Online abuse is a part of gender-based violence (GBV), where information and communication technologies (ICTs) are used for threats of physical and/or sexual violence, unwanted and harassing online communications, or even the encouragement of others to harm women.
According to a recent report of the Special Rapporteur on violence against women for the United Nations Commission on Human Rights, online abuse can involve a variety of activities, including the dissemination of reputation-harming lies, electronic sabotage in the form of spam and malignant viruses, impersonation of the victim online; as well as many new emerging forms of violence against women with ICT-related names, such as “doxing” and “trolling” and the non-consensual distribution of intimate contents known as “revenge porn.”
A 2014 survey conducted by the European Union Agency for Fundamental Rights found that 23% of women in the EU have experienced online abuse or harassment at least once in their life, and that 1 in 10 women has experienced some form of online violence since the age of 15.
As a result of this increasingly hostile online environment, many women self-censor or are driven offline entirely, out of fears for their safety.
Safety and harassment fears and a generalised perception of threats pertaining to the internet, are barriers that not only inhibit women from making the most of their experiences online, but can also deter them from even wanting to access the internet. In addition, the perception of women being more vulnerable to online threats can also result in women’s internet access being heavily policed by gatekeepers or entirely denied.
A 2015 study from the Web Foundation across nine developing countries, shows that overall, 3 in 10 men surveyed, believe that “Men have priority over women when it comes to accessing the internet.” Over half of the men surveyed in New Delhi and Manila also agreed that “Men have the responsibility to restrict what women access on the internet.”
Consistently, a 2017 GSMA study shows that a perception of the dark side of the internet can negatively impact women’s adoption of the internet in South Asia. This perception in combination with social norms, results in women facing more challenges than men to adopt mobile internet, even when they appear to be economically and technically well-positioned to begin using it.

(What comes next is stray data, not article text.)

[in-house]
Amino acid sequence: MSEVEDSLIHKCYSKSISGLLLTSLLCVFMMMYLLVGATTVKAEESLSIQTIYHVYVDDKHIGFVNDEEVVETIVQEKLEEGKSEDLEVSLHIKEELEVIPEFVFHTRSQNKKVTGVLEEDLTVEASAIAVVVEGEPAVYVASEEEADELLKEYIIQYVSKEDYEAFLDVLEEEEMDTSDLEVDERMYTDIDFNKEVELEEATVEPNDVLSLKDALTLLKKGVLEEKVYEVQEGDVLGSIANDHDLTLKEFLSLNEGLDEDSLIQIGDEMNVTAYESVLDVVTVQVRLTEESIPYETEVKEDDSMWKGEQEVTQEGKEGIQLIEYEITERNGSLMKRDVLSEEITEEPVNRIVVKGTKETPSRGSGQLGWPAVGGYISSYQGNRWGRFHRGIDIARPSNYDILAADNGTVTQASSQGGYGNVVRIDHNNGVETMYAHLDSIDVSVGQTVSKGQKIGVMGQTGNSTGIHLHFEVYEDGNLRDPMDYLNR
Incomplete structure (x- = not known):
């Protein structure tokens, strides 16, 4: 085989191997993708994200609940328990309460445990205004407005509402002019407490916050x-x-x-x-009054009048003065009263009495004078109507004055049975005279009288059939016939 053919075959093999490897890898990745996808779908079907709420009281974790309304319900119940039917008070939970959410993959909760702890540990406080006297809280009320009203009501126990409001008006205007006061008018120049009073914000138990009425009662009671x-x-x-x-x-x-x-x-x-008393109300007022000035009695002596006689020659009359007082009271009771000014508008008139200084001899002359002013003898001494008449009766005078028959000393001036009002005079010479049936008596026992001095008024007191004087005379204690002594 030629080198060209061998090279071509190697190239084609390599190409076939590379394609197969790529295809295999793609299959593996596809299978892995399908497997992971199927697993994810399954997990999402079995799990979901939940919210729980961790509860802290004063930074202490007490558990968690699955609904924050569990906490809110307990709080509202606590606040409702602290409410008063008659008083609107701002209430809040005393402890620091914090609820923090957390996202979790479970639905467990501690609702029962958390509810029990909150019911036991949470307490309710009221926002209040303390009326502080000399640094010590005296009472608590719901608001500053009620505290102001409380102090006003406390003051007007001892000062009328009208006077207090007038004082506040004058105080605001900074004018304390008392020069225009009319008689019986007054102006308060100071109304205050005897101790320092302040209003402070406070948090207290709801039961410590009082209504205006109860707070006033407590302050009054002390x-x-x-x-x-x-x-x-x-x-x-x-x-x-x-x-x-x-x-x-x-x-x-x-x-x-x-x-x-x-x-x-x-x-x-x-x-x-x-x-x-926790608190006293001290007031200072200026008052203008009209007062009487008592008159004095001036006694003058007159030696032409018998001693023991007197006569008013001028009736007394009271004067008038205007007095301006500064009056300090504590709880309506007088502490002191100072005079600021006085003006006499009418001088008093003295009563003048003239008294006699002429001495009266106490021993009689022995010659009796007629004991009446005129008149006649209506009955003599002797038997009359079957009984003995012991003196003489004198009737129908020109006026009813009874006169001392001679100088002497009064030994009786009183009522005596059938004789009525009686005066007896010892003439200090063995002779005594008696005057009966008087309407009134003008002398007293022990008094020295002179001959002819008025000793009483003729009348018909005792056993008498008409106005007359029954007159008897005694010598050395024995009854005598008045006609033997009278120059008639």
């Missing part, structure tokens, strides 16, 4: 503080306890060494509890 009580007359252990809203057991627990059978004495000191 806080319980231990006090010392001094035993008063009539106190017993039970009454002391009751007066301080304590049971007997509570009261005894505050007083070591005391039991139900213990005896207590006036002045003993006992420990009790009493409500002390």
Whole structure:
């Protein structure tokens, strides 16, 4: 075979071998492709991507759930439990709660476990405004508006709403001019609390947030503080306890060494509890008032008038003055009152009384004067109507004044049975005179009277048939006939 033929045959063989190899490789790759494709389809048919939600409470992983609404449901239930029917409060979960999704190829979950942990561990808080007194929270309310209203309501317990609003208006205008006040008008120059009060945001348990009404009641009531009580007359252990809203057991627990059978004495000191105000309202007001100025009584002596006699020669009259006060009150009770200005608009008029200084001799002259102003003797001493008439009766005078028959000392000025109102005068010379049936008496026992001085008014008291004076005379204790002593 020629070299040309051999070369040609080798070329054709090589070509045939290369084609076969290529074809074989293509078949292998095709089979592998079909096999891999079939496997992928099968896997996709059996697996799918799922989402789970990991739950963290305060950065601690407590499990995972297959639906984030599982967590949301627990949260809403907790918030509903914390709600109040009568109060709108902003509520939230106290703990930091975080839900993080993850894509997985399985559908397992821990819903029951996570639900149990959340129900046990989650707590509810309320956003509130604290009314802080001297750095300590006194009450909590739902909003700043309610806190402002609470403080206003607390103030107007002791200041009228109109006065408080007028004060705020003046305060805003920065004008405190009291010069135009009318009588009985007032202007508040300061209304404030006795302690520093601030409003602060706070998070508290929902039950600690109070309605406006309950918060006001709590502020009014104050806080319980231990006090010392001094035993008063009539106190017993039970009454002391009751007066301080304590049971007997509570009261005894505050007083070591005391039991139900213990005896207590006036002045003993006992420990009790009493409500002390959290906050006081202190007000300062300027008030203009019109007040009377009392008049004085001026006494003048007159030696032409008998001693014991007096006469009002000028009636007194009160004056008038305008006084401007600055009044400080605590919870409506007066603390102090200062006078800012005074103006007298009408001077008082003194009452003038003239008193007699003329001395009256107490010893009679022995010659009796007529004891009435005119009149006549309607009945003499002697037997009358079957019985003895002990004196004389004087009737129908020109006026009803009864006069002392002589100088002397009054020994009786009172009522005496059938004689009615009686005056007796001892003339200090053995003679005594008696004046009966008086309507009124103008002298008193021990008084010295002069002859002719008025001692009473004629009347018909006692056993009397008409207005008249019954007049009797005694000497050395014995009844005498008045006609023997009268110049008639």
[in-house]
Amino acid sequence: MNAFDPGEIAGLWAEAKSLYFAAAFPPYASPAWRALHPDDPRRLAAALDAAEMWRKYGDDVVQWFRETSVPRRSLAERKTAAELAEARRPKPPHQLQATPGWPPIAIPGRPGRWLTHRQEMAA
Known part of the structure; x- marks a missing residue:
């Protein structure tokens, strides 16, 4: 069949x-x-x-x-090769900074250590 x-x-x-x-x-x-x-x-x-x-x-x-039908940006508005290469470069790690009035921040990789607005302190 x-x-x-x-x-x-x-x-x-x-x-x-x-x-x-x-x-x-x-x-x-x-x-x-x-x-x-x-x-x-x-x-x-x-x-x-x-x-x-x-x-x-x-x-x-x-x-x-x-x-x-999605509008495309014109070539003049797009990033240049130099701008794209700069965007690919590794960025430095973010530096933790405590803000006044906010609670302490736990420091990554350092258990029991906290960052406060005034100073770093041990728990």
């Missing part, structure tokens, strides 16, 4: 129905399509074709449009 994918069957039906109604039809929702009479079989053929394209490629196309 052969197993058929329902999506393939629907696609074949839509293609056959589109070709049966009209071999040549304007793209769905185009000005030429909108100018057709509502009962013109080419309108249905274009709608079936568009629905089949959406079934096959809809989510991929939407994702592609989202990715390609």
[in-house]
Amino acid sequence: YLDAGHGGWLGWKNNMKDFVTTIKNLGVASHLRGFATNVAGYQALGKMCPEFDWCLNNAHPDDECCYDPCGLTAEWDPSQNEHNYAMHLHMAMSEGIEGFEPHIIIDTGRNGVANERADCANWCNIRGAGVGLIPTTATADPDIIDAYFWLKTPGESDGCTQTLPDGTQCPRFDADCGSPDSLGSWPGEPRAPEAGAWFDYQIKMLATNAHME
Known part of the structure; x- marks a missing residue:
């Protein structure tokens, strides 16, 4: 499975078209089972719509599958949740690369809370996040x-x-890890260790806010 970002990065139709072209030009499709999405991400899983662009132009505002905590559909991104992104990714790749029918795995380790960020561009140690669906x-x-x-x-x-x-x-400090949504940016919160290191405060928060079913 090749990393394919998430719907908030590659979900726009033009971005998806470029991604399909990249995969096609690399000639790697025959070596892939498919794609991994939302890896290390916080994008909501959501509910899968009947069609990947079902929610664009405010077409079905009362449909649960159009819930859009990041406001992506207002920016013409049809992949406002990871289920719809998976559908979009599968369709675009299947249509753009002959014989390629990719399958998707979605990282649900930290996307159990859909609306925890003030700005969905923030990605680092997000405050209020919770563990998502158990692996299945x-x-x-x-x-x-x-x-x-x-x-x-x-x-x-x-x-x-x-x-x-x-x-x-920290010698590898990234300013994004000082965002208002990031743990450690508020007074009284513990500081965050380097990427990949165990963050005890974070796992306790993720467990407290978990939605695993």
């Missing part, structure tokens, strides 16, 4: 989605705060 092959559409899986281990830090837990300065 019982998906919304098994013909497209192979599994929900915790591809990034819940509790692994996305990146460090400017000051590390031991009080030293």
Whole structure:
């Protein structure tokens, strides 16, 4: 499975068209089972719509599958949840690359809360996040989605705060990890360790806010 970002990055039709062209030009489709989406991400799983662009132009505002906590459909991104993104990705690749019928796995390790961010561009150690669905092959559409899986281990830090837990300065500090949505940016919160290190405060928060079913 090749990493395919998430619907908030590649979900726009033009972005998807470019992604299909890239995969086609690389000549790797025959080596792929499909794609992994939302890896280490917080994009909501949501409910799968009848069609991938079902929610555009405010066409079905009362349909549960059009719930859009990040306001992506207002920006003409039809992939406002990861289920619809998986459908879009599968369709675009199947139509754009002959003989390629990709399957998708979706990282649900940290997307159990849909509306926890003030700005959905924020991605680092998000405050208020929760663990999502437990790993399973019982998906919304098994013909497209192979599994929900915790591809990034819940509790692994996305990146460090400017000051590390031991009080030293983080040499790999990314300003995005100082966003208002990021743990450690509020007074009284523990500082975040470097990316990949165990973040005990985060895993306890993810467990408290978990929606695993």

Therefore, many women and girls, in different ways and in different contexts, remain unable to access and use the internet. Latest estimates from the ITU suggest that women globally are 12% less likely than men to have internet access, and in least-developed countries this gender gap is estimated at 33%.
This situation can hinder women’s and girls’ full enjoyment of their human rights and the promise of gender equality. For example, by precluding access to information (such as sexual and reproductive health), as well as by preventing them from expressing their opinions and voicing their concerns.
However, safety concerns should not be used as an excuse to deny women access. Instead, technology and the internet’s ability to empower women should be emphasised.
Today, the internet is being used in a broader environment of widespread discrimination and systemic structural inequalities which frames women and girls access to and use of the internet and other ICTs. To bridge the gender digital divide all stakeholders need to consider and address online GBV and safety threats at regional and global levels, according to their areas of responsibility and respective strengths.
The EQUALS Access Coalition recognizes that while the internet can give women access to information and life-enhancing services and opportunities, online gender-based violence and safety concerns around the internet are an important driver of gender inequality in access to technologies and the internet.
In commemoration of the International Day for the Elimination of Violence against Women, and as part of our commitment to raise awareness and our work to ensure women and girls can access and use the internet, the members of the EQUALS Access Coalition have developed a repository of useful resources to address women’s safety concerns and bridge the gender digital divide.
Join the conversation on social media to learn more about the different actions our members are taking to reduce the gender gap in internet access and use, and show your support to stop online GBV and the safety threats that continue to prevent many and girls from experiencing the benefits that the internet can offer. Use the hashtags: #EQUALSinAccess #AccessNotViolence
 “Doxing” refers to the publication of private information, such as contact details, on the Internet with malicious intent, usually with the insinuation that the victim is soliciting sex.
 “Trolling” consists in the posting of messages, the uploading of images or videos and the creation of hashtags for the purpose of annoying, provoking or inciting violence against women and girls.
Futurecasters 2020 Young Global Visionaries – youth bring their energy and their voice to ITU debates
Send this to a friend